The price of holidays from Britain has risen by 44 per cent in the last year, including to Cyprus, which has gone up 15 per cent, it emerged on Thursday.
Air tickets alone are up more than 50 per cent on average this year, with those to Greece and Italy being hiked by over 70 per cent.
The UK Office for National Statistics (ONS) attributed the jump in prices to airlines looking to capitalise on a big surge in demand after the pandemic years. Prices also rose due to a reduced number of flights, as well as the higher cost of fuel for aircraft, it said.
At the same time, research by the consumer protection group Which? found that the cost of package holidays from Britain had risen by an average of 19 per cent compared with last year.
Of the six popular countries for Brits surveyed, the steepest increases in the cost of package holidays were found to be for Greece, where a week-long package will cost a Briton 30 per cent more than last summer. The average cost of air tickets and accommodation for one person to Greece for one week in summer is estimated at £867, (€992) up from £667 in summer 2022.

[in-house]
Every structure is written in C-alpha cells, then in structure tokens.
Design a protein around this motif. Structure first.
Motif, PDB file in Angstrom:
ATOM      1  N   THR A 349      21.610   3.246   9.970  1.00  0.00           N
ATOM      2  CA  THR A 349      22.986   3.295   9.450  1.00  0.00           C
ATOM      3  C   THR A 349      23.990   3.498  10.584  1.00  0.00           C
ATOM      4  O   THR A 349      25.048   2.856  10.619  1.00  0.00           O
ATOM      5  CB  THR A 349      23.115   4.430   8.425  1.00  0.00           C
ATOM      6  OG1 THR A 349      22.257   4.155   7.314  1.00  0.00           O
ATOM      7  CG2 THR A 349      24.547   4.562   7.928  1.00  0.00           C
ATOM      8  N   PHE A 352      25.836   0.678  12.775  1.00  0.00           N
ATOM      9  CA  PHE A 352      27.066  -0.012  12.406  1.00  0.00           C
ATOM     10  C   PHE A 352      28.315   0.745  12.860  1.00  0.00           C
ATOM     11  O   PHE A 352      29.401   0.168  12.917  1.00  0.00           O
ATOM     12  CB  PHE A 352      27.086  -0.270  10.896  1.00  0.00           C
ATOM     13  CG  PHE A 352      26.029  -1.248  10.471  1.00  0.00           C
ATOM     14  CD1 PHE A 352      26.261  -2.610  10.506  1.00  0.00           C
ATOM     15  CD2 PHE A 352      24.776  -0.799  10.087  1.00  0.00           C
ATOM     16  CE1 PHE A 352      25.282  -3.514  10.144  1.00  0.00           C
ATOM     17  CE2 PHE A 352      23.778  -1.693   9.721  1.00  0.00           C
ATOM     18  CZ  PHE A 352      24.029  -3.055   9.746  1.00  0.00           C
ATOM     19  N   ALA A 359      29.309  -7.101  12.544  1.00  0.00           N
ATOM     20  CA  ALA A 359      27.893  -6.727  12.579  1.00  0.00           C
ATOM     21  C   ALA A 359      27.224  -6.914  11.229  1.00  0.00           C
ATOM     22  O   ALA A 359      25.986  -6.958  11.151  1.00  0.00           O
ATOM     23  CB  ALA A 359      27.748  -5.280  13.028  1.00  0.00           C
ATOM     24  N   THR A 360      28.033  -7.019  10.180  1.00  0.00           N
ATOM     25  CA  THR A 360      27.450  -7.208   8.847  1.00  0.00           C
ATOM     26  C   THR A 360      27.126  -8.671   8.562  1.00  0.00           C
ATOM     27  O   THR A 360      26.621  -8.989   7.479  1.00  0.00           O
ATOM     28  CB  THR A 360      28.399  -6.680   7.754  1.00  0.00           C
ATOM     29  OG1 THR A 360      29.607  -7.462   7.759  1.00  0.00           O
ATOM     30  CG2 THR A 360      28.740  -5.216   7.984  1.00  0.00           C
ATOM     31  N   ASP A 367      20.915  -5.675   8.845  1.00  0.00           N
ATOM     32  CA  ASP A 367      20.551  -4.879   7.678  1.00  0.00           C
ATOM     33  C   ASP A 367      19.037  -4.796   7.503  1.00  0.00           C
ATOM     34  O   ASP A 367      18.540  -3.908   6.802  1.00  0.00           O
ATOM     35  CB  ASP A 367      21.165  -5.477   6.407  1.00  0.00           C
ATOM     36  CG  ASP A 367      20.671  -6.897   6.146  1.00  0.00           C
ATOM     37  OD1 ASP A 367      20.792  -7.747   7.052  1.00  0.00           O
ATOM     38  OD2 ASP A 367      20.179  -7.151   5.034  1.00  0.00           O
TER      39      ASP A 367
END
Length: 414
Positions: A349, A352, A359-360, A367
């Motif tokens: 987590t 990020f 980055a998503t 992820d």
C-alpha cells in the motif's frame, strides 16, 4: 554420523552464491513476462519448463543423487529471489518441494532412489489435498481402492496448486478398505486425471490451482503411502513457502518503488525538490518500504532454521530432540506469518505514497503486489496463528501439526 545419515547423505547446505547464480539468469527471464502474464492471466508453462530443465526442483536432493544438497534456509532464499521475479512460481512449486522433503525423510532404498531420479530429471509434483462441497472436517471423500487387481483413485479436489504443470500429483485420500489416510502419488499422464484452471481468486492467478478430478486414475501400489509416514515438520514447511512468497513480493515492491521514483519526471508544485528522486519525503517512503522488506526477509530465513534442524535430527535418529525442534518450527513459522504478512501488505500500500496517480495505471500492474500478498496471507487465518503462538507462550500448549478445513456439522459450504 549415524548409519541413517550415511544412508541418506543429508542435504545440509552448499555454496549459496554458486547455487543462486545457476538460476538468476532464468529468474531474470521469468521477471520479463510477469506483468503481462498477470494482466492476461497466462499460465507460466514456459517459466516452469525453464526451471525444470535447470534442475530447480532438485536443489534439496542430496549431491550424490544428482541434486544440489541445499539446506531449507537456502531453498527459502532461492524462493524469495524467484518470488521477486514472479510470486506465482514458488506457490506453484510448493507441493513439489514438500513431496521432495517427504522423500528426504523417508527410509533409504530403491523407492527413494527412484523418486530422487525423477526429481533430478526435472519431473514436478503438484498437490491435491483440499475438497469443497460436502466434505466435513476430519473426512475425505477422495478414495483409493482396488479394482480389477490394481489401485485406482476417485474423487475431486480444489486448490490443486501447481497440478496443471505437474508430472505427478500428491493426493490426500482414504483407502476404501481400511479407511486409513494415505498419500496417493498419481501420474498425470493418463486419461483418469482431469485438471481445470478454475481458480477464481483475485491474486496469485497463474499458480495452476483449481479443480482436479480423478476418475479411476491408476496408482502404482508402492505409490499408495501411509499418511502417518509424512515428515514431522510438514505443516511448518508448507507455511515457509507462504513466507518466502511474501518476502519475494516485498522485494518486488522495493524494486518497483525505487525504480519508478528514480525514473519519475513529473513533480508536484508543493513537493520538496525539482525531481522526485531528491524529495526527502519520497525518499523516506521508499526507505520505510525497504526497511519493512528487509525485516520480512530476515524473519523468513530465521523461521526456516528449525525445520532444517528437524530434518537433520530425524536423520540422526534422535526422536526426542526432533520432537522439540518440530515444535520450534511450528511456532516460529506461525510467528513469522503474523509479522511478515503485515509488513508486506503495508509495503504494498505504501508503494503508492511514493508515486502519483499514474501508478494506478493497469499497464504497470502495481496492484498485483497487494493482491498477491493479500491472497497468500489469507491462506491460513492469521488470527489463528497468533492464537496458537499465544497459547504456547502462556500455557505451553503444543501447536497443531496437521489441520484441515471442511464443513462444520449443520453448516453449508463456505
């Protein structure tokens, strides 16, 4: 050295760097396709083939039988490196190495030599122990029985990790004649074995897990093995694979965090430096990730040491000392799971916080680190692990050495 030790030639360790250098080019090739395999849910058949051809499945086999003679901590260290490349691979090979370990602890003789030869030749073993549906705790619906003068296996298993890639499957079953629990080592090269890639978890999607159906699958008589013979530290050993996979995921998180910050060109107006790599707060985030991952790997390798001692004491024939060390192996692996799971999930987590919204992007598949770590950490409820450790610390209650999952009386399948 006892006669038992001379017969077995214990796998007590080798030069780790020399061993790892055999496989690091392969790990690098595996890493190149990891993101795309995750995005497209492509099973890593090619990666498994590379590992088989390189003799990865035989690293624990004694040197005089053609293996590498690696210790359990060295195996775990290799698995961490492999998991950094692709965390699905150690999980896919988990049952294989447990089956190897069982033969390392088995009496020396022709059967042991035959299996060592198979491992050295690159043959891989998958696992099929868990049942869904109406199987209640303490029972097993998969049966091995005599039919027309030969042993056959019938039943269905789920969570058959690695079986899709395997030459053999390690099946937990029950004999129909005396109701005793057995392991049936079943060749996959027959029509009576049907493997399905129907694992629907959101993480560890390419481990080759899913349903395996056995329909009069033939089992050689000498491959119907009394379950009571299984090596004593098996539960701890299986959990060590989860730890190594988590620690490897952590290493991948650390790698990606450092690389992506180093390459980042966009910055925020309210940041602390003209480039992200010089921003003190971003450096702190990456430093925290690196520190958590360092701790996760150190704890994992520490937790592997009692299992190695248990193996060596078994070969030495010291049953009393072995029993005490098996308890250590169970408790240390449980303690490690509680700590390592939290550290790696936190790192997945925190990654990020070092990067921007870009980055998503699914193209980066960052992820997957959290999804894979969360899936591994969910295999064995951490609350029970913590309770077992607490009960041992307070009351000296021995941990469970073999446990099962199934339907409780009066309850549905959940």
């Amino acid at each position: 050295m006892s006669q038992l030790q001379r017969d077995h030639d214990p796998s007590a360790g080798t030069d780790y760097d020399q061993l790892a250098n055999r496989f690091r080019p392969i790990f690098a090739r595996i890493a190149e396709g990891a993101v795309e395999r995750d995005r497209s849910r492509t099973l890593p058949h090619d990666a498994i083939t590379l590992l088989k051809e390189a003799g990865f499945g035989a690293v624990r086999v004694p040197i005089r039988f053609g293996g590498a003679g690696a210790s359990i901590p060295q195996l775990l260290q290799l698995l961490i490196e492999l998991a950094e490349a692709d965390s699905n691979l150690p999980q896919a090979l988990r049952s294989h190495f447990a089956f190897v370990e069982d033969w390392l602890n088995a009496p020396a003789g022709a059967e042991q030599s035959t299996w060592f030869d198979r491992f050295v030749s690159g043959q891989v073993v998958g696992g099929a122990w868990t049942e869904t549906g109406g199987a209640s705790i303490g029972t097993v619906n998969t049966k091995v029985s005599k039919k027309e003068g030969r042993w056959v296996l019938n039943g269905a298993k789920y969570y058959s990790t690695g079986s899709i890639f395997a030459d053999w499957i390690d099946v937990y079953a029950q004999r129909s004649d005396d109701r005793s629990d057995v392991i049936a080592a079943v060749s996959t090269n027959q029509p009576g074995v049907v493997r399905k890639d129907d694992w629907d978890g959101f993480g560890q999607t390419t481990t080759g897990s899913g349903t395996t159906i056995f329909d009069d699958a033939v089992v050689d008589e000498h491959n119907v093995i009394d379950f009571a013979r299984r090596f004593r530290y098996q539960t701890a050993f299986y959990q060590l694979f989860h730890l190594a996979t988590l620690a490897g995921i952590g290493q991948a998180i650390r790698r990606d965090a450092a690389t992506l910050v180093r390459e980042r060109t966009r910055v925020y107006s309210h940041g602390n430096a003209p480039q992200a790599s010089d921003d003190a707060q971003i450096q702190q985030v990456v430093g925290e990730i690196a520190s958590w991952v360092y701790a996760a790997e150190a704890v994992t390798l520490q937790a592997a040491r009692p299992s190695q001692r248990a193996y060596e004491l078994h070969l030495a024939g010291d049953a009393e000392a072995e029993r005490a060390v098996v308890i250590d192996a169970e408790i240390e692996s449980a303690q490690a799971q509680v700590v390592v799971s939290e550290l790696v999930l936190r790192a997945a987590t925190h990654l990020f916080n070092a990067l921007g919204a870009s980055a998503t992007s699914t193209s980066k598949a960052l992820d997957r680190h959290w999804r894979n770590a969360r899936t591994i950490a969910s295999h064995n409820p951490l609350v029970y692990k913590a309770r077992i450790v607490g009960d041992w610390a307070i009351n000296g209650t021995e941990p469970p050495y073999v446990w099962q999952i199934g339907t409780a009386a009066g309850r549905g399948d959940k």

Package holidays to Italy, Spain and Turkey are up around 20 per cent and for Cyprus, the figure was 15 per cent. The average cost of a seven-day package holiday this summer in Cyprus is estimated to be £809 compared with £705 last year. Britain remains Cyprus’ main tourism market.
The lowest increase was for Portugal up 7 per cent with the average price of a seven-day package at £705 per person.
Despite the significant year-on-year increases to nearly all destinations, the cheapest remains Spain, at £693 per person per week.
Low-cost Ryanair chief executive Michael O’Leary warned recently that the era of £9.99 flights would not return “for another year or two” due to high fuel prices.
Despite the higher costs, however, popular flight search and comparison platform Skyscanner has confirmed estimates of increased demand for tickets from Britain this year. So far bookings are 31 per cent higher than in 2019, the last year before the pandemic.